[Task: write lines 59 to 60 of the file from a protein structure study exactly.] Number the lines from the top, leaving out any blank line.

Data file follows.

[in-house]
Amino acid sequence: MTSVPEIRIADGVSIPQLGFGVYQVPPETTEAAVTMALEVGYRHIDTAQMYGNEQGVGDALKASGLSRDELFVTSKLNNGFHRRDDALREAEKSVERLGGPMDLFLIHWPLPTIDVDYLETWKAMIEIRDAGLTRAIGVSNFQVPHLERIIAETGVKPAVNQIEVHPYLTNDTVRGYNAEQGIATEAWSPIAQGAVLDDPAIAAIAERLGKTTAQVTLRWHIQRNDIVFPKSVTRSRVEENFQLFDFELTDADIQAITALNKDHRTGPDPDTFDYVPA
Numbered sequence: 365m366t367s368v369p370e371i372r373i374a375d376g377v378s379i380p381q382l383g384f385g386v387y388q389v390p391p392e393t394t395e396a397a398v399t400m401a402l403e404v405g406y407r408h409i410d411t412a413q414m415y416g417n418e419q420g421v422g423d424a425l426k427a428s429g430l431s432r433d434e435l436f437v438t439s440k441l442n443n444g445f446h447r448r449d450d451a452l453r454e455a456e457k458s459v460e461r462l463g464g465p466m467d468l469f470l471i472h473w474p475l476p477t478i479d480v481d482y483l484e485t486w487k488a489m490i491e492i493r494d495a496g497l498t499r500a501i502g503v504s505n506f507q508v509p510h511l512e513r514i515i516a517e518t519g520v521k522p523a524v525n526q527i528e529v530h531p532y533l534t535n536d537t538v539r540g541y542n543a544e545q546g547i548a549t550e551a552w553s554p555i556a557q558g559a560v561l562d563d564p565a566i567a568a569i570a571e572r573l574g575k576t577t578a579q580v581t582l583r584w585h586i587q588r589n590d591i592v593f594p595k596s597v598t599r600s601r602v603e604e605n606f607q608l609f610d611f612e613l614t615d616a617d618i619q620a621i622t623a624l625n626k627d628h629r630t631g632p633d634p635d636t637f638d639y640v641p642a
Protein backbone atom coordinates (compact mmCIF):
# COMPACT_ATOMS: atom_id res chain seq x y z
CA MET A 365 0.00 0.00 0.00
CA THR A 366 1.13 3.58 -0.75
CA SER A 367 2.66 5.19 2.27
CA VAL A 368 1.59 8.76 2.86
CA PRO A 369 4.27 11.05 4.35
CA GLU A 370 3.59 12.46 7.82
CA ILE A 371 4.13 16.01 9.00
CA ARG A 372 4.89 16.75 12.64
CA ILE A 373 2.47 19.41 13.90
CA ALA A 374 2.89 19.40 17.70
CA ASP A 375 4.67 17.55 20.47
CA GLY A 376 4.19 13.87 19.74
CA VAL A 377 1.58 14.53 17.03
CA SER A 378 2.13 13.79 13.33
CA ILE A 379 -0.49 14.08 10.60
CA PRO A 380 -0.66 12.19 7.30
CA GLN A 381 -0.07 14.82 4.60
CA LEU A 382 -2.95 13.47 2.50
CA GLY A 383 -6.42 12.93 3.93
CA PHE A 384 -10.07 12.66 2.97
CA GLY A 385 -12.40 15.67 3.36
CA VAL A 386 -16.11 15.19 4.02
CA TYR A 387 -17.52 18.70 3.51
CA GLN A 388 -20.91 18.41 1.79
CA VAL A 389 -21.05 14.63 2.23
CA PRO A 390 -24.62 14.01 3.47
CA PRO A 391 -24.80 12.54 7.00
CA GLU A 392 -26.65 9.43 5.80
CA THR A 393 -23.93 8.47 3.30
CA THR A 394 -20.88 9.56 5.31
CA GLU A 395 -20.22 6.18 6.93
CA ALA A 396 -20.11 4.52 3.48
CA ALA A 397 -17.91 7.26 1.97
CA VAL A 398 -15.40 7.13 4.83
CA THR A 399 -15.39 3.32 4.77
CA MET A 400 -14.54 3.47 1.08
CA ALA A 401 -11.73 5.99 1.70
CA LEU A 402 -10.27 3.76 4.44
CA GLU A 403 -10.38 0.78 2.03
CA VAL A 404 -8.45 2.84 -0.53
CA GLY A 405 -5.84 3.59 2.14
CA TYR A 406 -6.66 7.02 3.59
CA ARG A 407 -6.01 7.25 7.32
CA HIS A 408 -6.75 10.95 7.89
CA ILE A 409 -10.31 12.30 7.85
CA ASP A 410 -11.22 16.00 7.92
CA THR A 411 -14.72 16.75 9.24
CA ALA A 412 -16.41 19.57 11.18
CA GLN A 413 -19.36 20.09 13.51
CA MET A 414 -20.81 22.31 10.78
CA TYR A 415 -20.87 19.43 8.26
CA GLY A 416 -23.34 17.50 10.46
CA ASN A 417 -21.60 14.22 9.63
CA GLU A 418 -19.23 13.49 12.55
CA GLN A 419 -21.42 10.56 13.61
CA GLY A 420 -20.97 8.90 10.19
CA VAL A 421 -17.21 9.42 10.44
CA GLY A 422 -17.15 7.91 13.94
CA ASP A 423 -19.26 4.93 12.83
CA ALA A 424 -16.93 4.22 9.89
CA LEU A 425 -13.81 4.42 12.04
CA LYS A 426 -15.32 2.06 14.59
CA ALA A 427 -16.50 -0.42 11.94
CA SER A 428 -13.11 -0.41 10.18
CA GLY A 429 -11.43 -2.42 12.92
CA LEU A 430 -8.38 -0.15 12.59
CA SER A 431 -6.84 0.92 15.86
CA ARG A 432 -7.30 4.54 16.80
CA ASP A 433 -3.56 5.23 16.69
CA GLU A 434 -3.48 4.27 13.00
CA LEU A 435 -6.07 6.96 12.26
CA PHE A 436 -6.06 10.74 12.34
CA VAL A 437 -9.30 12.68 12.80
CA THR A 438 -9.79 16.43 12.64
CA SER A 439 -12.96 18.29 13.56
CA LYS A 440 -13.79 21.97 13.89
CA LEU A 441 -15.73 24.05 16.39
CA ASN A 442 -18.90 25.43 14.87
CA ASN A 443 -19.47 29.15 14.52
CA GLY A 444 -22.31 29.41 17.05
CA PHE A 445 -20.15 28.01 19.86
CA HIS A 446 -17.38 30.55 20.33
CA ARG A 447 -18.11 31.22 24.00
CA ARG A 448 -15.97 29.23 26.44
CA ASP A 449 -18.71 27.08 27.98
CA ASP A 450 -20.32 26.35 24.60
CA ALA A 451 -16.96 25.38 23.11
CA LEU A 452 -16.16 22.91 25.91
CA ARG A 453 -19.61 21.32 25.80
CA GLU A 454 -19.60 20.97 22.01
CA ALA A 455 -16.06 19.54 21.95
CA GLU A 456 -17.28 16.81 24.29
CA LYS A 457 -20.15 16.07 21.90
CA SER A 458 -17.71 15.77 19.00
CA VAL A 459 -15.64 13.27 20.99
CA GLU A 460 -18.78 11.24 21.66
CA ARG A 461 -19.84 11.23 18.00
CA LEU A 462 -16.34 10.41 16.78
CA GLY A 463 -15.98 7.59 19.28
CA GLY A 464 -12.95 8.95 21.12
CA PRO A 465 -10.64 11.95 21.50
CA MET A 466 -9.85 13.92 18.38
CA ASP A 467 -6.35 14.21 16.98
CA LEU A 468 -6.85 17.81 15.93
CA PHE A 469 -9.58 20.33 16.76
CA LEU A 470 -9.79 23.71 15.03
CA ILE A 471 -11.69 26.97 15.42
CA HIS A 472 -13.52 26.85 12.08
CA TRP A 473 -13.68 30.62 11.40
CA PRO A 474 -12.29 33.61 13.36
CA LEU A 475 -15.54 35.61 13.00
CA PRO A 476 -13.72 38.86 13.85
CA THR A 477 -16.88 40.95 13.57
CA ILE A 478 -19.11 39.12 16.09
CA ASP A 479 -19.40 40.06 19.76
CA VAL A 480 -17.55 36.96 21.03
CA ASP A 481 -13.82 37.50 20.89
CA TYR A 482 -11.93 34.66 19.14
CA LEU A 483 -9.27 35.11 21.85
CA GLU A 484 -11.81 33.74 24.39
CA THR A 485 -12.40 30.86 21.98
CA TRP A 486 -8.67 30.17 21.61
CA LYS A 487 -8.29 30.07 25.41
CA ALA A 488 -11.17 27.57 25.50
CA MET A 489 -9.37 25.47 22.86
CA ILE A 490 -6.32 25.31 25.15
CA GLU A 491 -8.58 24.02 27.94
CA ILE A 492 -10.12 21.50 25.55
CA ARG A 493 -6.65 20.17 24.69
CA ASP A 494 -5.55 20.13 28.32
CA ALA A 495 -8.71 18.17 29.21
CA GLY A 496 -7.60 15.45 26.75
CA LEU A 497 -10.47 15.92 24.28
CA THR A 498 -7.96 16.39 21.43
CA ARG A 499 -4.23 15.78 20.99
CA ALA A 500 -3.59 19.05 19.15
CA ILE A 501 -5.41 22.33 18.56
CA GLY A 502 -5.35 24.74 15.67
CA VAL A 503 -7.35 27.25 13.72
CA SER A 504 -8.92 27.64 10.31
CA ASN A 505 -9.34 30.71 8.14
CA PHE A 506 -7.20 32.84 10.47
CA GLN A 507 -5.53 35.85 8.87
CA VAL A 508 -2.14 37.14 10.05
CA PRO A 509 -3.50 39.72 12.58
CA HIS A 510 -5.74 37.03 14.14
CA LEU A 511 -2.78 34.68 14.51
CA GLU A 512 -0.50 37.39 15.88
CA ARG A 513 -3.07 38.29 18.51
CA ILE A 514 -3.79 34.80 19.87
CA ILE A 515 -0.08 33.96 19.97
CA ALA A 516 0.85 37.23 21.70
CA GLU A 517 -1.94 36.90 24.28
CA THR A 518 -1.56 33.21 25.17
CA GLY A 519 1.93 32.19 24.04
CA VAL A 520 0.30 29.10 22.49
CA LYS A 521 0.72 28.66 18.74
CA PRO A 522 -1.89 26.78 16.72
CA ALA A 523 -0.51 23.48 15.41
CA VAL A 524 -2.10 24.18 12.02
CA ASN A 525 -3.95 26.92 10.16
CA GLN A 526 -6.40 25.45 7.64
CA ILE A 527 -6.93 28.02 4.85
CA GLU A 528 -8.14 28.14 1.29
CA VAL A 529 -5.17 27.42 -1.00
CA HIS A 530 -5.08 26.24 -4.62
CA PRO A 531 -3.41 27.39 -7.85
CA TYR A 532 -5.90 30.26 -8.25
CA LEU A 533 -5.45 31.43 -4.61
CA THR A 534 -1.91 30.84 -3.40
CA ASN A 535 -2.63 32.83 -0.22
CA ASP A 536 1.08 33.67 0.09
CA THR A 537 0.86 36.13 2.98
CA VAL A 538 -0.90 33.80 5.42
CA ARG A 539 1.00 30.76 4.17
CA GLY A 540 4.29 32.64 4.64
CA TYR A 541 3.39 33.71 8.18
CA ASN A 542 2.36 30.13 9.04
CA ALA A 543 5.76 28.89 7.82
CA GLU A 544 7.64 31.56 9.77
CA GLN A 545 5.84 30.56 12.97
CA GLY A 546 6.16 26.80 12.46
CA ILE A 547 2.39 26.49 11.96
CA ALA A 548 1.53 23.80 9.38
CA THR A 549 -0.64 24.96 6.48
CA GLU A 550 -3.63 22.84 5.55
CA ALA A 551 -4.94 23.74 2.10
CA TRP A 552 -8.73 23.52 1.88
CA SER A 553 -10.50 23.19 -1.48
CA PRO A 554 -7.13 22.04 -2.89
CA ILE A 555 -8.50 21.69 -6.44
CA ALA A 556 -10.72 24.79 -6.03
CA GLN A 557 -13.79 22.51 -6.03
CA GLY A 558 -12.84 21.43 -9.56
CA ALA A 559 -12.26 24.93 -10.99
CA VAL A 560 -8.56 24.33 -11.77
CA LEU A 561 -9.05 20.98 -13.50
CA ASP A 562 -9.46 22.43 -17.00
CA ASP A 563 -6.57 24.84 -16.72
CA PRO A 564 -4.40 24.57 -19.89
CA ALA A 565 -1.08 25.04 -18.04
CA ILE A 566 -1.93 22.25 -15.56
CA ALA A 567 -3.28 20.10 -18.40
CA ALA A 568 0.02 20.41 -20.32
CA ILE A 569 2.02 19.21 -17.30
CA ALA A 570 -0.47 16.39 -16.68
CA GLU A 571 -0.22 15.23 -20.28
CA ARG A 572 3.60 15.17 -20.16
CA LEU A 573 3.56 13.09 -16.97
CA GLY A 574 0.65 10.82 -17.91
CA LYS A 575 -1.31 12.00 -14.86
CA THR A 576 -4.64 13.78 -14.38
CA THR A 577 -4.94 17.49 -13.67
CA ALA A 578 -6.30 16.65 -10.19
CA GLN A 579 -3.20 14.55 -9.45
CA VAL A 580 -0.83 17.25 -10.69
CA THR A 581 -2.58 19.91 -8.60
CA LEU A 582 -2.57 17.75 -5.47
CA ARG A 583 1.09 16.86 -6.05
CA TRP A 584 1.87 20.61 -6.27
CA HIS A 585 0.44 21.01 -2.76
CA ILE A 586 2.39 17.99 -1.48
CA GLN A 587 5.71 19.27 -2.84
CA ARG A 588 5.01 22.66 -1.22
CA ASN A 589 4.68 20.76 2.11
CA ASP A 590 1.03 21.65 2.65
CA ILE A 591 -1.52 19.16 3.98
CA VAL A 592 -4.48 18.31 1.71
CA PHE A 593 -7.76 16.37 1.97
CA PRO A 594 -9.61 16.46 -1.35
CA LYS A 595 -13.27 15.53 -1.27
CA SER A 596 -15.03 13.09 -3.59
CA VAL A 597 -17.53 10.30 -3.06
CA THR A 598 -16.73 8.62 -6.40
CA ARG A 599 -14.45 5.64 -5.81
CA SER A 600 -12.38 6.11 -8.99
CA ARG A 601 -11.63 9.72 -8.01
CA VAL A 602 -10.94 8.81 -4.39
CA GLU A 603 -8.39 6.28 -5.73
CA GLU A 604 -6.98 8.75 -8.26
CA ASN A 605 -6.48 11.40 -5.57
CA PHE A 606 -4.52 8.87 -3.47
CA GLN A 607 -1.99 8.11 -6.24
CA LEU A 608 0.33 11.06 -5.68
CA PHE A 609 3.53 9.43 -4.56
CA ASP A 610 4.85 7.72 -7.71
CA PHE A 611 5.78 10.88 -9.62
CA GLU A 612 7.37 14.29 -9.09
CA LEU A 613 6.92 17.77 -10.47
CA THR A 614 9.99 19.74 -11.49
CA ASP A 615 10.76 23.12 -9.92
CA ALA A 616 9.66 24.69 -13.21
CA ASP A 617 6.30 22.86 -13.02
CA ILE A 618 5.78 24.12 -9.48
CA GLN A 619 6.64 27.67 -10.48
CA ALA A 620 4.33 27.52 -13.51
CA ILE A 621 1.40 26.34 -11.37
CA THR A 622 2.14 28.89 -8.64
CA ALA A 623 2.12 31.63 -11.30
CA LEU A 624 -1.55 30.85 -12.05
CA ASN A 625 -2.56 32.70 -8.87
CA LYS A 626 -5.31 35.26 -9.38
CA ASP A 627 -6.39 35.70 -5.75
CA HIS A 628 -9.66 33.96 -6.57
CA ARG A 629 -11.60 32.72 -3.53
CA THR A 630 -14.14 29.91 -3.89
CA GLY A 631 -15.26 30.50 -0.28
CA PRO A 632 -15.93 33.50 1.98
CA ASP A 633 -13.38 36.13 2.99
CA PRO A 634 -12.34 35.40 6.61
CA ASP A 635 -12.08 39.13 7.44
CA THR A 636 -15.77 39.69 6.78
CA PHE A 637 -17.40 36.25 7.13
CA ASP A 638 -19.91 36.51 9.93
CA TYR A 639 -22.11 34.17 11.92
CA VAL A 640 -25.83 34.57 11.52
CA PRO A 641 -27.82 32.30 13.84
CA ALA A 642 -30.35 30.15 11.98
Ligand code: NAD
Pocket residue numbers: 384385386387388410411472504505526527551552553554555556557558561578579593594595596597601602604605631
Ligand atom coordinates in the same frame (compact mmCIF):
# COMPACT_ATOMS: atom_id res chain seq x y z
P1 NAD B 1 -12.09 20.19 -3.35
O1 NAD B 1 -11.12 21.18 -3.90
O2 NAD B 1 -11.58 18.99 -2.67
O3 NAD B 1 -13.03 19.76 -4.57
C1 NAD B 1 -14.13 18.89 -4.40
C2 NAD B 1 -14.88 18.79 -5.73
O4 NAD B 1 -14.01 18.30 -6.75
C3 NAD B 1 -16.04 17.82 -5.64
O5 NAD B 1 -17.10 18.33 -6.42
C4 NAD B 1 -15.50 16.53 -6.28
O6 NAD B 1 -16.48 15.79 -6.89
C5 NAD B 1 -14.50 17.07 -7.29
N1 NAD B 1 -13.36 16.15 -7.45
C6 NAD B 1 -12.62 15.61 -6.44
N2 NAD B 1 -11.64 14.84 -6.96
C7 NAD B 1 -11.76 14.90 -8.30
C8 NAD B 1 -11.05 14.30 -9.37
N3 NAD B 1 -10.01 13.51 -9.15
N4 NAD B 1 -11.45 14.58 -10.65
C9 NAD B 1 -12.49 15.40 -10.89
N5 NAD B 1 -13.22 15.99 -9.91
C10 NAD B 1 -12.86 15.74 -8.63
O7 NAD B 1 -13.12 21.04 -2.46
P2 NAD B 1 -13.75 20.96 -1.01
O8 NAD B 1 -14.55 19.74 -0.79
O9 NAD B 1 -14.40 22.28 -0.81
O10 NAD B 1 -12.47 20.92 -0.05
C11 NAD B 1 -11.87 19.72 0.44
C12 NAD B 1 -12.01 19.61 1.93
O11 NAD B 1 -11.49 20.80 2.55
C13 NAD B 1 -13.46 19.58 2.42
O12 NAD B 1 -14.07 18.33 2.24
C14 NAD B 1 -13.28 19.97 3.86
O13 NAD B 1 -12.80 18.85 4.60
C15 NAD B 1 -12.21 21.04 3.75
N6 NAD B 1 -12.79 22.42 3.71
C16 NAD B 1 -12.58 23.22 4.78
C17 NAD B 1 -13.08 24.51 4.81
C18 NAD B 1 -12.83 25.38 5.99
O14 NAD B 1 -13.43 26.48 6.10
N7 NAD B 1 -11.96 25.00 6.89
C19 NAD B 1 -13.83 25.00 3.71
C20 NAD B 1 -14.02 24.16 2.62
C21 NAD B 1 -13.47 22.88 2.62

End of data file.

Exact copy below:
CA GLU A 418 -19.23 13.49 12.55
CA GLN A 419 -21.42 10.56 13.61